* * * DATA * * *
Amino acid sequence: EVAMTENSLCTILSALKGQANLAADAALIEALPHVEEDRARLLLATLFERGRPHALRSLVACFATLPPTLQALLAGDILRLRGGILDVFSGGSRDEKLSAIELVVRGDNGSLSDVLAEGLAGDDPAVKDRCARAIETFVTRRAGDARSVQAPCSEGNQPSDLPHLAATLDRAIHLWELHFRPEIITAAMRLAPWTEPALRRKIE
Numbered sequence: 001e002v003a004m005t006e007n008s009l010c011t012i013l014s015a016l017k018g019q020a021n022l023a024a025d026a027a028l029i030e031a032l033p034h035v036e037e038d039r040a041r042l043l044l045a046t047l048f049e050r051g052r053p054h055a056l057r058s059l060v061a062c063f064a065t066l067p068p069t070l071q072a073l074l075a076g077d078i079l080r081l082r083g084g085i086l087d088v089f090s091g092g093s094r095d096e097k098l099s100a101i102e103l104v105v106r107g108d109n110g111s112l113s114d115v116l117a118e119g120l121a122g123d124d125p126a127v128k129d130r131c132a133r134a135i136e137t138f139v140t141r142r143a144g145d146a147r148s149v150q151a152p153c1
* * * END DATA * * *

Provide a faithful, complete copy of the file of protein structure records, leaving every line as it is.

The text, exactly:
Amino acid sequence: EVAMTENSLCTILSALKGQANLAADAALIEALPHVEEDRARLLLATLFERGRPHALRSLVACFATLPPTLQALLAGDILRLRGGILDVFSGGSRDEKLSAIELVVRGDNGSLSDVLAEGLAGDDPAVKDRCARAIETFVTRRAGDARSVQAPCSEGNQPSDLPHLAATLDRAIHLWELHFRPEIITAAMRLAPWTEPALRRKIE
Numbered sequence: 001e002v003a004m005t006e007n008s009l010c011t012i013l014s015a016l017k018g019q020a021n022l023a024a025d026a027a028l029i030e031a032l033p034h035v036e037e038d039r040a041r042l043l044l045a046t047l048f049e050r051g052r053p054h055a056l057r058s059l060v061a062c063f064a065t066l067p068p069t070l071q072a073l074l075a076g077d078i079l080r081l082r083g084g085i086l087d088v089f090s091g092g093s094r095d096e097k098l099s100a101i102e103l104v105v106r107g108d109n110g111s112l113s114d115v116l117a118e119g120l121a122g123d124d125p126a127v128k129d130r131c132a133r134a135i136e137t138f139v140t141r142r143a144g145d146a147r148s149v150q151a152p153c1